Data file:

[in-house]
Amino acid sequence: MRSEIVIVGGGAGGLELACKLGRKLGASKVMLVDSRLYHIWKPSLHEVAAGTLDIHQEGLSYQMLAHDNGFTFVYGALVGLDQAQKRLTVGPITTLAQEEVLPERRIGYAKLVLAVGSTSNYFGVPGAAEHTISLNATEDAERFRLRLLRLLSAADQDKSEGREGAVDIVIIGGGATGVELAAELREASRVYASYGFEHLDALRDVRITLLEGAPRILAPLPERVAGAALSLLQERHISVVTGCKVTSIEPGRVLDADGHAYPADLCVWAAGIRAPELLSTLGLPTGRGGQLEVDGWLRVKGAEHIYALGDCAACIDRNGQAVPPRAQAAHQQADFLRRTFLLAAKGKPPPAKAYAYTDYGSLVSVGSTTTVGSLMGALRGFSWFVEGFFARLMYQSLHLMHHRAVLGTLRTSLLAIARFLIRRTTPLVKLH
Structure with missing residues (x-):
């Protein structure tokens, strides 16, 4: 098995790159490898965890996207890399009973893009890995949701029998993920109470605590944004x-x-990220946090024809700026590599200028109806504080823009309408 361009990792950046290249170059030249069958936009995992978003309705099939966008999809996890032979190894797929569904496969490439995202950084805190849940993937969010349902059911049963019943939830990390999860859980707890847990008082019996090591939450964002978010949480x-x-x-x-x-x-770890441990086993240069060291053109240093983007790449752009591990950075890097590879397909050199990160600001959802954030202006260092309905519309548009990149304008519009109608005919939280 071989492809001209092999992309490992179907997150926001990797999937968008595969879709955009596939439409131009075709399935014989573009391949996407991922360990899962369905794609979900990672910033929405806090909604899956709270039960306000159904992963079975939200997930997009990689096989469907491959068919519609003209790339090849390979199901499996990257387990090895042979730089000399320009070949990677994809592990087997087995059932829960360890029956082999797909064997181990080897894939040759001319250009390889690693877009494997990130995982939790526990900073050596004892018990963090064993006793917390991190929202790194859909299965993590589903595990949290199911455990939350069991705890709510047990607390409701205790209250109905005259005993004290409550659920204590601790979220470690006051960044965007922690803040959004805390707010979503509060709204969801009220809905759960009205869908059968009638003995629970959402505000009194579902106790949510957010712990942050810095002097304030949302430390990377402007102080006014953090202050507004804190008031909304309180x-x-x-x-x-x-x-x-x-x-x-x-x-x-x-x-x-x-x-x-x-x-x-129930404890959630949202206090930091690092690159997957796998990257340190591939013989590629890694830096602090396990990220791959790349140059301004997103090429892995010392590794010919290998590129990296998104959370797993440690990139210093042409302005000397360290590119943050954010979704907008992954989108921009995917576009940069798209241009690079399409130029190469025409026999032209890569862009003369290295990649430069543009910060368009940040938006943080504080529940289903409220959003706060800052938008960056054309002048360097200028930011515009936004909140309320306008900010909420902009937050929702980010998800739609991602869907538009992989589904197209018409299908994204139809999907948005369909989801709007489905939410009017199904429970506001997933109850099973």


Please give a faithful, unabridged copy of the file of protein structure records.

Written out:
[in-house]
Amino acid sequence: MRSEIVIVGGGAGGLELACKLGRKLGASKVMLVDSRLYHIWKPSLHEVAAGTLDIHQEGLSYQMLAHDNGFTFVYGALVGLDQAQKRLTVGPITTLAQEEVLPERRIGYAKLVLAVGSTSNYFGVPGAAEHTISLNATEDAERFRLRLLRLLSAADQDKSEGREGAVDIVIIGGGATGVELAAELREASRVYASYGFEHLDALRDVRITLLEGAPRILAPLPERVAGAALSLLQERHISVVTGCKVTSIEPGRVLDADGHAYPADLCVWAAGIRAPELLSTLGLPTGRGGQLEVDGWLRVKGAEHIYALGDCAACIDRNGQAVPPRAQAAHQQADFLRRTFLLAAKGKPPPAKAYAYTDYGSLVSVGSTTTVGSLMGALRGFSWFVEGFFARLMYQSLHLMHHRAVLGTLRTSLLAIARFLIRRTTPLVKLH
Structure with missing residues (x-):
């Protein structure tokens, strides 16, 4: 098995790159490898965890996207890399009973893009890995949701029998993920109470605590944004x-x-990220946090024809700026590599200028109806504080823009309408 361009990792950046290249170059030249069958936009995992978003309705099939966008999809996890032979190894797929569904496969490439995202950084805190849940993937969010349902059911049963019943939830990390999860859980707890847990008082019996090591939450964002978010949480x-x-x-x-x-x-770890441990086993240069060291053109240093983007790449752009591990950075890097590879397909050199990160600001959802954030202006260092309905519309548009990149304008519009109608005919939280 071989492809001209092999992309490992179907997150926001990797999937968008595969879709955009596939439409131009075709399935014989573009391949996407991922360990899962369905794609979900990672910033929405806090909604899956709270039960306000159904992963079975939200997930997009990689096989469907491959068919519609003209790339090849390979199901499996990257387990090895042979730089000399320009070949990677994809592990087997087995059932829960360890029956082999797909064997181990080897894939040759001319250009390889690693877009494997990130995982939790526990900073050596004892018990963090064993006793917390991190929202790194859909299965993590589903595990949290199911455990939350069991705890709510047990607390409701205790209250109905005259005993004290409550659920204590601790979220470690006051960044965007922690803040959004805390707010979503509060709204969801009220809905759960009205869908059968009638003995629970959402505000009194579902106790949510957010712990942050810095002097304030949302430390990377402007102080006014953090202050507004804190008031909304309180x-x-x-x-x-x-x-x-x-x-x-x-x-x-x-x-x-x-x-x-x-x-x-129930404890959630949202206090930091690092690159997957796998990257340190591939013989590629890694830096602090396990990220791959790349140059301004997103090429892995010392590794010919290998590129990296998104959370797993440690990139210093042409302005000397360290590119943050954010979704907008992954989108921009995917576009940069798209241009690079399409130029190469025409026999032209890569862009003369290295990649430069543009910060368009940040938006943080504080529940289903409220959003706060800052938008960056054309002048360097200028930011515009936004909140309320306008900010909420902009937050929702980010998800739609991602869907538009992989589904197209018409299908994204139809999907948005369909989801709007489905939410009017199904429970506001997933109850099973």